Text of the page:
TheGreen Benefit Districtis being actively explored and championed. In the fall the formation committee held several community meetings and conducted a survey throughout our community.

What did they learn? Most residents are concerned about quality of life issues. This information helped the committee to assess the level of support for a GBD and based on the survey responses, to prioritize a proposed set of GBD services

What are they doing? The committee is conducting additional outreach and discussions to educate residents about what the Green Benefit District, what it entails, what its scope and services would be, how it differs from existing City services.What is the process for establishing a Green Benefit District in the broader Castro/Dolores area. And what it would cost property owners.

Get educated and form an opinion: Read the Survey report. Attend a neighborhood meeting -DHIC will host a get-together later in March. Talk with your neighbors.

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Important Updates from the Dolores Park Ambassadors

A wet Valentines Day in the Park – a lucky sunny minute.

Dear Fellow Dolores Park Ambassadors and Friends,

Just a short hello we are still around, still visiting the park, normally in a rush to avoid getting soaked and careful not to slip in the mud. It looks like to be a few days of sun, drying out basements, gardens, and the park. Hopefully the grass will become solid enough for walks and picnics, and dogs don’t need a wash after every walk. By the way, did you see the evening sunset over the city last Sunday? Astonishingly beautiful. (photo below).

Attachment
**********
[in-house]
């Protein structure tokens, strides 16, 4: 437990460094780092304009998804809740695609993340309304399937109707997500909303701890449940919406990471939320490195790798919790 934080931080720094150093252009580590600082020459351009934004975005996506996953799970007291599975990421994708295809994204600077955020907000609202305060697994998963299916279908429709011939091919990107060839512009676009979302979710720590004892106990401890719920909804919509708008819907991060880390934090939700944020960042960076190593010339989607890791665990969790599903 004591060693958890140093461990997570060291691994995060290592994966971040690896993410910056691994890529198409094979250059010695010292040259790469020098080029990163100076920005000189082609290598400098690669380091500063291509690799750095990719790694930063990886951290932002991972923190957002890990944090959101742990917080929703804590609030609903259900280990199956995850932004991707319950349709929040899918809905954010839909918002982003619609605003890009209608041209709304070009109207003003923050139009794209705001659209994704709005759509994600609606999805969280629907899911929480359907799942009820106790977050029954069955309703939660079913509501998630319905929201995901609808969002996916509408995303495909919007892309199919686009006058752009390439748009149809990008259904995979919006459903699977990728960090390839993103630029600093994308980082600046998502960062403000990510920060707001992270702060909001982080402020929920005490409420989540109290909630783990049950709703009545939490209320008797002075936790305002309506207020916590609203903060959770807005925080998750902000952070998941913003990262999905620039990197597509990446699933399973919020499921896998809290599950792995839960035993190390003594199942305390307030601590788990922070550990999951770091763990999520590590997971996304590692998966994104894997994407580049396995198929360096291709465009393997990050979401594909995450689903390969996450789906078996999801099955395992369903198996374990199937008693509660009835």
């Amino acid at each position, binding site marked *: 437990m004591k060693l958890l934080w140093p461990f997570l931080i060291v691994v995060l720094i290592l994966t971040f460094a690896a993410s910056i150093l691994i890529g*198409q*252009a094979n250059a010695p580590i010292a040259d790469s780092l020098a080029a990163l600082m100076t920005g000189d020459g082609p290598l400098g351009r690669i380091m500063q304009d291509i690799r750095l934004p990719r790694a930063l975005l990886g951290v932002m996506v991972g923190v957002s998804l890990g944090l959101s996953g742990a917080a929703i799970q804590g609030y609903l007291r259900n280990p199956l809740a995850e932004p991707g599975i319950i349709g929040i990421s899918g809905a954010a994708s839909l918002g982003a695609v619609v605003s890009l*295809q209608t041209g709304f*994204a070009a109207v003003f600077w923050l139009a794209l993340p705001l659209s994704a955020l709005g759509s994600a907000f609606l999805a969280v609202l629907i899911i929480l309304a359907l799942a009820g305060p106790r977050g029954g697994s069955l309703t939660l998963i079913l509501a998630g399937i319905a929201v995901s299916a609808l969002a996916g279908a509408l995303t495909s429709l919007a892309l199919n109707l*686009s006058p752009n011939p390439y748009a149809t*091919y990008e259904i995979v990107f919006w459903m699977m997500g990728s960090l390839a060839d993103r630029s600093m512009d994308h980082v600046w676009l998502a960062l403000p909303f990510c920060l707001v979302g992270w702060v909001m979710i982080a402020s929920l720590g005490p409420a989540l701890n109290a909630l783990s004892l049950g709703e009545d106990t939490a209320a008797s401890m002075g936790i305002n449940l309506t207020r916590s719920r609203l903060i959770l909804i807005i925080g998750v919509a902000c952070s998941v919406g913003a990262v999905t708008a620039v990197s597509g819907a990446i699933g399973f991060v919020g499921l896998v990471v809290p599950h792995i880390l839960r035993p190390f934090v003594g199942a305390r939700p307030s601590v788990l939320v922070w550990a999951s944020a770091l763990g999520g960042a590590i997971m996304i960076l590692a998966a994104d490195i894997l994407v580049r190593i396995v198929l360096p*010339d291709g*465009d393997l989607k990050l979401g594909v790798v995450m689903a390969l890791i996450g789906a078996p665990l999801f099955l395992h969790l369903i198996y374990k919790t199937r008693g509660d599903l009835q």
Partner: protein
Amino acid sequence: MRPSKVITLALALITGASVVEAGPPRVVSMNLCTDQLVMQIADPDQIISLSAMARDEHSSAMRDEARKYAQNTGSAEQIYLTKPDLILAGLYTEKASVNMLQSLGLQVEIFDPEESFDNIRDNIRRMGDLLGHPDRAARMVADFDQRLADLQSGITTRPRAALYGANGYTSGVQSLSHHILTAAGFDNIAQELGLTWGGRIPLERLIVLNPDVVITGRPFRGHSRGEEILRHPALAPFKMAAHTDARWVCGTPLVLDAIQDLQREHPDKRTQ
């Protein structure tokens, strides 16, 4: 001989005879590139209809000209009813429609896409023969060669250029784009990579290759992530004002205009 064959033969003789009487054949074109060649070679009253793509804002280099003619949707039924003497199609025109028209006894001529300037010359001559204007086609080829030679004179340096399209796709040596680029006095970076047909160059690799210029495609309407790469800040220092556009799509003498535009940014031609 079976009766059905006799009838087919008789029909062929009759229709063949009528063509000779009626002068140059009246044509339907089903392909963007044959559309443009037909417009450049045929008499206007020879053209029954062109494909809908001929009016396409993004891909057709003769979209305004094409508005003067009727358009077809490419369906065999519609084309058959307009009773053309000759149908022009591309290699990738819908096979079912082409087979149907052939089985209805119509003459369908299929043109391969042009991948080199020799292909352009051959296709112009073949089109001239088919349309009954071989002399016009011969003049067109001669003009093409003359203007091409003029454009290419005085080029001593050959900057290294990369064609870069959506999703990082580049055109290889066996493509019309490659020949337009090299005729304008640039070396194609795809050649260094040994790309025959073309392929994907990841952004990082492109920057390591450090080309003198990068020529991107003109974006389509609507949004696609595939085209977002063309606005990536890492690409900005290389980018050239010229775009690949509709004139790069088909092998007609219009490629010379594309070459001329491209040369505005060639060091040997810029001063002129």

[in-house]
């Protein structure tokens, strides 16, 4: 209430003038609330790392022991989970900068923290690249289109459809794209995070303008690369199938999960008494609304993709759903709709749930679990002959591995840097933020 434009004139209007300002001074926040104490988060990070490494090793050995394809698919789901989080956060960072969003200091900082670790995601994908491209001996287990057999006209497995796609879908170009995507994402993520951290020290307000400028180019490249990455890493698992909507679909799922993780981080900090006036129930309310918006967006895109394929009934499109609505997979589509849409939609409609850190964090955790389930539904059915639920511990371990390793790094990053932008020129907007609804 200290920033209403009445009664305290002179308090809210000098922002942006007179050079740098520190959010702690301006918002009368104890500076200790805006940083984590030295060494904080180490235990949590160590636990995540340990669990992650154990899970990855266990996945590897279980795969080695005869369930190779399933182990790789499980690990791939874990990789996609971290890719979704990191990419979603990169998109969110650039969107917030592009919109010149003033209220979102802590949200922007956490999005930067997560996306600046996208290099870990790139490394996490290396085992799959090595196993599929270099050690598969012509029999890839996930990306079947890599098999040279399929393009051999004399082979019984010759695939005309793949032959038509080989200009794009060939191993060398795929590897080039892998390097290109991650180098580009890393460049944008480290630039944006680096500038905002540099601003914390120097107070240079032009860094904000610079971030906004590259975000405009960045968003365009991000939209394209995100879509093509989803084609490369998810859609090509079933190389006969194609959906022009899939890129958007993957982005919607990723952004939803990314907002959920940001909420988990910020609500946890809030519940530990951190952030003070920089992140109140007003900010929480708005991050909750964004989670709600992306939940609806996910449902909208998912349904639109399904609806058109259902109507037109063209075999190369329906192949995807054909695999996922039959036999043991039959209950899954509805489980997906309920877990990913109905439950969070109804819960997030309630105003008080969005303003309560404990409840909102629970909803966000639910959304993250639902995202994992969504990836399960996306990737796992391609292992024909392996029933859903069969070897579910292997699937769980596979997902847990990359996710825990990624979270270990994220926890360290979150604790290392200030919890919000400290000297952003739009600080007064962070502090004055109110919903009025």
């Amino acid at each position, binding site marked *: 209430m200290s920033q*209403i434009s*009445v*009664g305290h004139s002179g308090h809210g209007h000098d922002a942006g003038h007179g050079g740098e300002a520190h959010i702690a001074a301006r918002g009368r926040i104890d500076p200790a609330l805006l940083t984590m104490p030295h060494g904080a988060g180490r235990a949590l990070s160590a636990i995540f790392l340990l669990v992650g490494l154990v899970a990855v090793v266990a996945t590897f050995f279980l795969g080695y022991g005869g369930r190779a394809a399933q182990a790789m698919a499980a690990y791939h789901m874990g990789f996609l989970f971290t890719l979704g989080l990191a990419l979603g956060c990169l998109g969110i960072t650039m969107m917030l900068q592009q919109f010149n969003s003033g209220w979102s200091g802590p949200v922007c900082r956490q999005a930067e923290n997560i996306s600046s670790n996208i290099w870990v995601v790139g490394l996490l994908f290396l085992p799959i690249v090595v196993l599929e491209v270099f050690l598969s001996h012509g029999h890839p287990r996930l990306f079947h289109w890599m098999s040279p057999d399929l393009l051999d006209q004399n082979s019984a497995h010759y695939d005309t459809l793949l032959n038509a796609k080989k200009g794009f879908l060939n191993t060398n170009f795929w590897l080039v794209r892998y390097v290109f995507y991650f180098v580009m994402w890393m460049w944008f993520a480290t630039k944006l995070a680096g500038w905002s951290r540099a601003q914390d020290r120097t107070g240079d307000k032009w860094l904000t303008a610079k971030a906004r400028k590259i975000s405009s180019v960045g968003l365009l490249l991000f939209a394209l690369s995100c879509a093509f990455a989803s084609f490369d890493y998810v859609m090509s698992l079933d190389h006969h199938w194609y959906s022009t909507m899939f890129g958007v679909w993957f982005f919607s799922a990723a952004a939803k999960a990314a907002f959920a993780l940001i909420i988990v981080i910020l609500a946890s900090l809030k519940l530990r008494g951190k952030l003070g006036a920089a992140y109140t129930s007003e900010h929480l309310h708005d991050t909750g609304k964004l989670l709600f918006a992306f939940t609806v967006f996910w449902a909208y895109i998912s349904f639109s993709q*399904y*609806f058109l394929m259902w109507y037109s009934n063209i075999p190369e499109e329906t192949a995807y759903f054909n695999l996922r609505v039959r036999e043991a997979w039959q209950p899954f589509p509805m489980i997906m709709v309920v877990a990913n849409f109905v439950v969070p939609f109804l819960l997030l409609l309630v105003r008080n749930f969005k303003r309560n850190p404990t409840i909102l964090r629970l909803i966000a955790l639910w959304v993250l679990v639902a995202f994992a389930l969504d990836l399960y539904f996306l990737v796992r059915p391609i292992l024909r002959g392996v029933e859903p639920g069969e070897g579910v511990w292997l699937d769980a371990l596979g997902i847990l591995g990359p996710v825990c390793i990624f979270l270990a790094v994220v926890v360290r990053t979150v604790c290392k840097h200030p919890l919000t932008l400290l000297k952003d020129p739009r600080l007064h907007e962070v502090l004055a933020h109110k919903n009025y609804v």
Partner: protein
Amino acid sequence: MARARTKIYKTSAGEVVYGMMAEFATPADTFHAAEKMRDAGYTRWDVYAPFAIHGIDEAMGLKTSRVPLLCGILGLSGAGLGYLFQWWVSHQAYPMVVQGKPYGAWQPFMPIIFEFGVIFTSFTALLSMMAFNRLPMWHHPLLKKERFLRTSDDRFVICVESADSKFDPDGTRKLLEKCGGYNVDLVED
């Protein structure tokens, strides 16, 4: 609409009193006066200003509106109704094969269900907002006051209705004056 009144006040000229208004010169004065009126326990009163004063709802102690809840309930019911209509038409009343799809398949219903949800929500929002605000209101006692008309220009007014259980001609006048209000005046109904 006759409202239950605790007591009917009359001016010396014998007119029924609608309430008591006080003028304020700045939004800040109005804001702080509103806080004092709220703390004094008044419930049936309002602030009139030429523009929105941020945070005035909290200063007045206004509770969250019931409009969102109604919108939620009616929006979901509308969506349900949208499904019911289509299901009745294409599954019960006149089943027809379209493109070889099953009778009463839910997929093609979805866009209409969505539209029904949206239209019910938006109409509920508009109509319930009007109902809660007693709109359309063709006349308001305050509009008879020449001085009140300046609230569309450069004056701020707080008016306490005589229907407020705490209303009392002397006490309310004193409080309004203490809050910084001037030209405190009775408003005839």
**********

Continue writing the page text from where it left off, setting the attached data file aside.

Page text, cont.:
Here some updates:

Planning Dolores Park events for spring, summer, and fall. We are meeting with Love Dolores and other neighborhood groups to plan neighborhood events in and around the park.

  • A repeat of Dolores Park History Day is agreed upon, probably in May;
  • Micro-litter cleanup day or days
  • Possibly a Neighborhood Community Showcase Day, allowing for the neighborhood associations and initiatives, musicians, writers, artists of the community to present their work, get to know each other, and find supporters and participants.

If you have other suggestions, please let us know!

Closing of the North Field: We hear the fences will be removed within the next two weeks. We may need some fencing-off in the southern part for the grass to recover from the wear and tear.

San Francisco Streets Team collaboration: We have started discussions with Streets Team group. They are performing regular street cleaning and neighborhood improvements in specifically assigned areas, currently mainly in the core Mission/South Van Ness and downtown areas. Streets Team has organized around 80 people with housing challenges into different teams in San Francisco and the East Bay, helping with stabilizing them with housing, finances, and eventually connecting them to appropriate training and jobs. They are interested in running similar cleanups in the Mission Dolores Park area and the surrounding streets. If you are willing to help in the collaboration, please let us know. You can find lots of information on their website http://streetsteam.org/san-francisco